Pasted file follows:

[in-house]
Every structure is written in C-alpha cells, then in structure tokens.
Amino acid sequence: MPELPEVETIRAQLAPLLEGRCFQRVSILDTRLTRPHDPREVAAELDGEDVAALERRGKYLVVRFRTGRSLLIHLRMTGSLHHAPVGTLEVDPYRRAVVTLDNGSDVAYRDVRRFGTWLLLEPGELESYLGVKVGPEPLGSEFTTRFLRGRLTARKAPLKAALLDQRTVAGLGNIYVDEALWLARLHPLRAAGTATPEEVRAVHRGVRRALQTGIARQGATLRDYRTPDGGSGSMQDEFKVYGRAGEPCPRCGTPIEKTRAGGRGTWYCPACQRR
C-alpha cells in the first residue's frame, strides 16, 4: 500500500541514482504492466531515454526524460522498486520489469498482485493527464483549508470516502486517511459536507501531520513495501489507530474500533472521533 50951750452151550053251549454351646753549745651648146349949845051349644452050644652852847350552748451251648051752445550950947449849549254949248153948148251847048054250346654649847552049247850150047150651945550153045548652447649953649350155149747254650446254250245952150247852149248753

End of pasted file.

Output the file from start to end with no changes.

[in-house]
Every structure is written in C-alpha cells, then in structure tokens.
Amino acid sequence: MPELPEVETIRAQLAPLLEGRCFQRVSILDTRLTRPHDPREVAAELDGEDVAALERRGKYLVVRFRTGRSLLIHLRMTGSLHHAPVGTLEVDPYRRAVVTLDNGSDVAYRDVRRFGTWLLLEPGELESYLGVKVGPEPLGSEFTTRFLRGRLTARKAPLKAALLDQRTVAGLGNIYVDEALWLARLHPLRAAGTATPEEVRAVHRGVRRALQTGIARQGATLRDYRTPDGGSGSMQDEFKVYGRAGEPCPRCGTPIEKTRAGGRGTWYCPACQRR
C-alpha cells in the first residue's frame, strides 16, 4: 500500500541514482504492466531515454526524460522498486520489469498482485493527464483549508470516502486517511459536507501531520513495501489507530474500533472521533 50951750452151550053251549454351646753549745651648146349949845051349644452050644652852847350552748451251648051752445550950947449849549254949248153948148251847048054250346654649847552049247850150047150651945550153045548652447649953649350155149747254650446254250245952150247852149248753